But …

What’s forgotten is that these 20% are often the most complex, most difficult issues to correct and the most likely to spawn new problems as part of the correction process.

Now it’s your turn Craig (@HairForceOne) Federighi. Inner values count. Force your devs to make iOS 12 bulletproof.

More …

More about the Pareto Principle

Note

Don’t ask me wether it’s true that 80% of a swimming iPhone X is below, while only 20% is visible above the surface.

Thanks for reading.
iOS 12. Let’s keep our fingers crossed.





Consolidation Therapy

19 03 2018

After 10 years, Apple is totally changing the way it makes iPhone software.

Really?

Well, I’m in doubt about the success of this agenda. Today’s bugs are intelligent and powerful creatures and most often find a way to survive.

We only need time?

Let’s see what shareholders think about it.

More …

A new software cycle

Thanks for visiting my blog.





Bugs bug lots of users

26 12 2017

Apple, where’s your quality management?

Here is what you can do yourself to fix a problem with an iOS device. Try it out in that order.

Restart

HT201559

Restore

PH12251

Recovery

HT201263

If you can’t fix the problem with these procedures please contact the Apple Support, an Apple Store, or an authorized repair center. Note, you don’t have other options. Don’t trust in what you found on the Internet.

It cannot be excluded that it’s not your device but a bug in iOS that causes the problem. So please read what’s posted here about bugs or visit the

Apple Support Communities

Discussions about Apple Products

Hopefully your brain isn’t buggy too.





iOS internal Outsourcing Service

15 12 2017

for the the quality management of Apple

With the release of iOS 11, Apple developers made too many assumptions, breaking the fragile security/convenience balance and shifting it heavily onto convenience side.

Once an intruder gains access to the user’s iPhone and knows (or recovers) the passcode, there is no single extra layer of protection left. Everything (and I mean, everything) is now completely exposed.

More …

The rise and fall of iOS security

*Thanks for reading.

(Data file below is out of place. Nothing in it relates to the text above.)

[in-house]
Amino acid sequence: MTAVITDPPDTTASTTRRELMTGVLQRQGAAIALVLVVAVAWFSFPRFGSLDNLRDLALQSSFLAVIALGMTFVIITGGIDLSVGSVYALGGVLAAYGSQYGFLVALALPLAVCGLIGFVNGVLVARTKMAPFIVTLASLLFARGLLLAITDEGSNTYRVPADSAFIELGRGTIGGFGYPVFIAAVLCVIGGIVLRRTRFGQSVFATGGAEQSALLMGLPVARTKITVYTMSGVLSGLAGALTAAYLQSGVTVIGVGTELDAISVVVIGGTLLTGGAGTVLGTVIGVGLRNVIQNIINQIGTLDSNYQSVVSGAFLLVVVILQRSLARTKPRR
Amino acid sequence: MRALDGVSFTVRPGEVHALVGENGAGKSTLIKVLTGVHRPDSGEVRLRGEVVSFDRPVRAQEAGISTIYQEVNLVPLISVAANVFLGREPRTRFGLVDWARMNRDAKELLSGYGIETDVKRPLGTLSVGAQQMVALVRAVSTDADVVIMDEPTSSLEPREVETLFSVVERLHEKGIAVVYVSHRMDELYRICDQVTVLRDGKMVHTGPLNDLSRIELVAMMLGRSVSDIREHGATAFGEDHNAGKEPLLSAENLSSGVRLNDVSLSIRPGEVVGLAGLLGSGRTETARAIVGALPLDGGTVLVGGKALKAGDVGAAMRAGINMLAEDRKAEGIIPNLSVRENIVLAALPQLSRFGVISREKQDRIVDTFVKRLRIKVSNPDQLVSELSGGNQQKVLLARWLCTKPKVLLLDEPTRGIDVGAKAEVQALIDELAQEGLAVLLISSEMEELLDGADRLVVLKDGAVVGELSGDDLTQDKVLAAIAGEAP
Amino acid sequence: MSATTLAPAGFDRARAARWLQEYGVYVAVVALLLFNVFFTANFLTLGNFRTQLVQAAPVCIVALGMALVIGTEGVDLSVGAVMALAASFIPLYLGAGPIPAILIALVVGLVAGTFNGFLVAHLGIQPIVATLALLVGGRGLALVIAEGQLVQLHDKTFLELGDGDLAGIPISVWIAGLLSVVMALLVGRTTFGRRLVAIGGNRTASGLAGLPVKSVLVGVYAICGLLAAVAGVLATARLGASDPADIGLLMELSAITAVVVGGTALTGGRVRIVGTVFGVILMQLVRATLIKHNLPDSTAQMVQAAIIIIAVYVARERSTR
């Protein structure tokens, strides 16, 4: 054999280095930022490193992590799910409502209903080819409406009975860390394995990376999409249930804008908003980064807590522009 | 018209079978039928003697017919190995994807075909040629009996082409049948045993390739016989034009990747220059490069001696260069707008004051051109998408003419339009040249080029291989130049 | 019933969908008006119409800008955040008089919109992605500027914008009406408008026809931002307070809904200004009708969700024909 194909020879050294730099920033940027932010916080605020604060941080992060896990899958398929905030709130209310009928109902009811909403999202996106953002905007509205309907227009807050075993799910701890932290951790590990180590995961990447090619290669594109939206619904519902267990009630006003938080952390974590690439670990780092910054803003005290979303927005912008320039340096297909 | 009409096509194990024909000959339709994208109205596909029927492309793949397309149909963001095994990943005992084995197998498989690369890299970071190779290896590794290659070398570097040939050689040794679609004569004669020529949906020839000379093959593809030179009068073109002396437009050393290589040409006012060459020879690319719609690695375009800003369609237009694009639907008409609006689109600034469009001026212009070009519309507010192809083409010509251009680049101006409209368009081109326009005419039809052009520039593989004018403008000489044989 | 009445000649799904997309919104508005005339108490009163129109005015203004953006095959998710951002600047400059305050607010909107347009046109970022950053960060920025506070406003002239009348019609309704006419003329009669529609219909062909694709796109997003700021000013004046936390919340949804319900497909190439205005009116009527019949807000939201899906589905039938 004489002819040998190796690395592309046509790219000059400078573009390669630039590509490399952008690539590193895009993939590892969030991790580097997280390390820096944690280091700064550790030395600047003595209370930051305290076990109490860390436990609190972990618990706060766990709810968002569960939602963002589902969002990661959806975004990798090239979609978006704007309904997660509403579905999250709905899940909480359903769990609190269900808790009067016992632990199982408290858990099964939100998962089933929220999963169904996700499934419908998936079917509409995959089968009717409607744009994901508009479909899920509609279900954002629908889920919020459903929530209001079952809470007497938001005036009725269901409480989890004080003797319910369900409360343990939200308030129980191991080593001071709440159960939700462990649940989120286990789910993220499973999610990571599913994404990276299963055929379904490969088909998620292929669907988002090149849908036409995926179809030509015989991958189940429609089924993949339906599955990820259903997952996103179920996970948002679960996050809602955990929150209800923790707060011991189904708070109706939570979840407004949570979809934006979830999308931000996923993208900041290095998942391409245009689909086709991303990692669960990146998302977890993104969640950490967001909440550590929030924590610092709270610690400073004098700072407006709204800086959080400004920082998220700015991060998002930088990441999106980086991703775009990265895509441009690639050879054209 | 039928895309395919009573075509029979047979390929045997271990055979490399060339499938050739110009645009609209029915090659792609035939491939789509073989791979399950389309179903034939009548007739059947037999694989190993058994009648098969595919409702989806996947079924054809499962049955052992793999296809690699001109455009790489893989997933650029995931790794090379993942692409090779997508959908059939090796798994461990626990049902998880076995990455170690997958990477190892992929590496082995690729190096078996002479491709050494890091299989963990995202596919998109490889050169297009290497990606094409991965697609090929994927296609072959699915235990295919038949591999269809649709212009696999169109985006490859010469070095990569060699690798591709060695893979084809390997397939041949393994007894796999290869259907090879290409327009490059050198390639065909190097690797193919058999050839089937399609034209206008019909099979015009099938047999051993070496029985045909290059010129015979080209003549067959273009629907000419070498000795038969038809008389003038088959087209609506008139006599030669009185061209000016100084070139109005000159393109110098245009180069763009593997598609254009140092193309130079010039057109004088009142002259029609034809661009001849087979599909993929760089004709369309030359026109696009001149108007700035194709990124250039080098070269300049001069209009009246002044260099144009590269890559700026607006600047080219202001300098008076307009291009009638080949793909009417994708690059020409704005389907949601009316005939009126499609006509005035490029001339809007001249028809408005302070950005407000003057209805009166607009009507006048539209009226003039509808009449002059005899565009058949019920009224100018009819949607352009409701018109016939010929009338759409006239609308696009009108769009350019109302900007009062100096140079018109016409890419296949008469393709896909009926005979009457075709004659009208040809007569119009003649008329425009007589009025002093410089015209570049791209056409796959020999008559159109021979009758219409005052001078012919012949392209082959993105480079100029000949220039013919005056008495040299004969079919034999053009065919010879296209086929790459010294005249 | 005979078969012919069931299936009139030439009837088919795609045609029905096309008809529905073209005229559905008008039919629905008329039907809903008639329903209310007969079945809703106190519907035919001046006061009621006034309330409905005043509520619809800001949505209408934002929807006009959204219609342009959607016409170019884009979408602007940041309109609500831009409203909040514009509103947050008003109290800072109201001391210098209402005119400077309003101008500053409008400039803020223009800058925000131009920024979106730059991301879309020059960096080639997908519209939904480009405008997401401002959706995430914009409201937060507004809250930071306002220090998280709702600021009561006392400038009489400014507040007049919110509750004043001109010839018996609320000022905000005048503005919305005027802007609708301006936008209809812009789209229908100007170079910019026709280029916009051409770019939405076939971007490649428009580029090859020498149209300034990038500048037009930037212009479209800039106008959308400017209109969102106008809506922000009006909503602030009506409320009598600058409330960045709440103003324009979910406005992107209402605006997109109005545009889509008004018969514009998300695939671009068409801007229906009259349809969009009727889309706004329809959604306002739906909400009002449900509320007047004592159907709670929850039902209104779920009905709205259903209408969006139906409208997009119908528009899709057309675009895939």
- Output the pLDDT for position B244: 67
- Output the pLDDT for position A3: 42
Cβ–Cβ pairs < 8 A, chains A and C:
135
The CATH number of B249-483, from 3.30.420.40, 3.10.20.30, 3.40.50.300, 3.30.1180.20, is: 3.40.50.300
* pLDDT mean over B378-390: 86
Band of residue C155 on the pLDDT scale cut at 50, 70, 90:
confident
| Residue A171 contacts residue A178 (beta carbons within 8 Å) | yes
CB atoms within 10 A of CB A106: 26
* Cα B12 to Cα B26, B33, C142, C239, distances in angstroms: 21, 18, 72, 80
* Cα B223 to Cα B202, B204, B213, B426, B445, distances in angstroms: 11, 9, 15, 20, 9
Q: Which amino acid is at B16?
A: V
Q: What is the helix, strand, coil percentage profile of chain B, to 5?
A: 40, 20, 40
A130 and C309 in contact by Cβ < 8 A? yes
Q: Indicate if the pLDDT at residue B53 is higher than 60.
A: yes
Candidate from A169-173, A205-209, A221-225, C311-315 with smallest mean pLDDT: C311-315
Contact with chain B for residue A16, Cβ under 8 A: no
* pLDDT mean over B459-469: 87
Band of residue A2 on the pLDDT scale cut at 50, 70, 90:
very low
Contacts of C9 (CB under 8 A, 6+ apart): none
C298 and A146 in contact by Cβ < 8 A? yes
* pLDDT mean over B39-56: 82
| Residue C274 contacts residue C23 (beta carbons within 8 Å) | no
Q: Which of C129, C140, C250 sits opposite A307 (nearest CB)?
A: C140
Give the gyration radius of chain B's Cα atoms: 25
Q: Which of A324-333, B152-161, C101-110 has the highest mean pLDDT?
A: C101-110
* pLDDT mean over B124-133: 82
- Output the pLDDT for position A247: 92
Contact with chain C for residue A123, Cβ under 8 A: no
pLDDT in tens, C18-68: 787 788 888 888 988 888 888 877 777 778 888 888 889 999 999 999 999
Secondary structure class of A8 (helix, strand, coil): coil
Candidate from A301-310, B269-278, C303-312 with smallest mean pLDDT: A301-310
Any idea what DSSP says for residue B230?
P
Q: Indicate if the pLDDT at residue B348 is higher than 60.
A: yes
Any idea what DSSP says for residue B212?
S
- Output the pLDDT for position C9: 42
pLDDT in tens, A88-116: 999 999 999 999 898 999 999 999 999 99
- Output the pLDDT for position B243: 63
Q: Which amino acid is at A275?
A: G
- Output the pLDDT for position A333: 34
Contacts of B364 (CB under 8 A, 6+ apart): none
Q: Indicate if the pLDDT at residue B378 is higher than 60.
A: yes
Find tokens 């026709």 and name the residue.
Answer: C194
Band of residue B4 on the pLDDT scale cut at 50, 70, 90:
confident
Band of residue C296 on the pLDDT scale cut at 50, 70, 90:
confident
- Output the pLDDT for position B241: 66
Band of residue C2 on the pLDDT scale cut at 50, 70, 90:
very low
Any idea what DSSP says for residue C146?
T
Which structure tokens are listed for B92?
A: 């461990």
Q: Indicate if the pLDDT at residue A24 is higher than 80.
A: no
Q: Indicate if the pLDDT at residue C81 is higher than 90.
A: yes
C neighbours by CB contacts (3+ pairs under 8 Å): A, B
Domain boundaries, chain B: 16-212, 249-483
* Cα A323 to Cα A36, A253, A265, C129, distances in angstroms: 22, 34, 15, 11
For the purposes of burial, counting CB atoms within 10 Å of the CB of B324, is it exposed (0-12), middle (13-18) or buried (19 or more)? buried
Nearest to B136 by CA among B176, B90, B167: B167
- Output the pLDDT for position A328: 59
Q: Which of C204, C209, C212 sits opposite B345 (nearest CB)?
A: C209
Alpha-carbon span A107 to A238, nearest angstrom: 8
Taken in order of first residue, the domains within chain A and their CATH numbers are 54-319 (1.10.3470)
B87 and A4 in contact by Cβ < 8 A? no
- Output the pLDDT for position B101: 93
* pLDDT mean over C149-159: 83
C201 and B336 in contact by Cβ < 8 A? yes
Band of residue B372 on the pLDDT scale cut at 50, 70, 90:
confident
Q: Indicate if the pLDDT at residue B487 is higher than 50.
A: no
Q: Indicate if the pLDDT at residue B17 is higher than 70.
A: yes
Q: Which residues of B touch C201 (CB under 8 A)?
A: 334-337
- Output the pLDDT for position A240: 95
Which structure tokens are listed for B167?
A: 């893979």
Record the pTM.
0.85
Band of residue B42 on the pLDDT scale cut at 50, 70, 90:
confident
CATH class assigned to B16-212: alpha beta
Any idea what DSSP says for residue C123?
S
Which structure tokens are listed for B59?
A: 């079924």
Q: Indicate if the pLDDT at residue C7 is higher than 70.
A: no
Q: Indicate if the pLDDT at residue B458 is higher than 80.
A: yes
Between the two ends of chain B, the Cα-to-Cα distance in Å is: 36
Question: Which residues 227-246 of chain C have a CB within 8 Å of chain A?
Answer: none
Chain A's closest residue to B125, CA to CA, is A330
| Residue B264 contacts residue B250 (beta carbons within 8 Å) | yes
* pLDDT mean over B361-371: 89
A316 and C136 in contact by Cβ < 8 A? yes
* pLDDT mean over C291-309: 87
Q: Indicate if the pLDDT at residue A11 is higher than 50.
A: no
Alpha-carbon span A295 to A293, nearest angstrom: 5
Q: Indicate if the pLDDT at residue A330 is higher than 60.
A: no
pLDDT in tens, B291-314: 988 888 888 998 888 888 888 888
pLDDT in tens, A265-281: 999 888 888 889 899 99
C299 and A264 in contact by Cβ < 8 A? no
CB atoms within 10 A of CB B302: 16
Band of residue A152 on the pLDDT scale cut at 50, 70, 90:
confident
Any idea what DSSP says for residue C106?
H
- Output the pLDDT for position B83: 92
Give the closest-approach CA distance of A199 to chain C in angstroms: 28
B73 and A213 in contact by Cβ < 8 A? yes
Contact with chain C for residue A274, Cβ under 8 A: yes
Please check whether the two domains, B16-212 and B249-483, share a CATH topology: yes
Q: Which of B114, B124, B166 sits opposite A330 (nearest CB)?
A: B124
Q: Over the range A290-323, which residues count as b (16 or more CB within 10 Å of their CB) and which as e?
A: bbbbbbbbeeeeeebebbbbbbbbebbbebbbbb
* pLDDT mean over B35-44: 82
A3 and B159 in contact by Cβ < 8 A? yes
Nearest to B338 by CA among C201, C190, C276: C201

As time goes by

26 11 2017

A Porsche 356 – build year 1954 – with a German Blaupunkt car radio and slightly improved versions of the radio and the ultimate 4-wheel mobile device, Apple’s CarPlay and the new 911.

According to Apple’s website,

“CarPlay is a smarter, safer way to use your iPhone in the car. CarPlay takes the things you want to do with your iPhone while driving and puts them right on your car’s built-in display. You can get directions, make calls, send and receive messages, and listen to music, all in a way that allows you to stay focused on the road. Just connect your iPhone and go.”

Apple CarPlay integrates with Siri to obey voice commands, but also works wonderfully with the vehicle’s touchscreen and control nobs. Apple CarPlay fully utilizes familiar iPhone apps, including Maps, Phone, Messages, Music, and a variety of others that can be easily added! Best of all, every major automaker supports Apple CarPlay, including and especially Porsche.

Note (The Verge)

Both Apple’s CarPlay and Google’s Android Auto can turn regular vehicles into connected cars, but according to Porsche, one has a distinct advantage over the other. Motor Trend reports that the German car manufacturer went with Apple’s infotainment system over Google’s in its new 911 Carrera and 911 Carrera S because the Android Auto agreement demanded too much data be sent to the search giant.

More …

2017 Porsche PCM Apple CarPlay

Thanks for reading.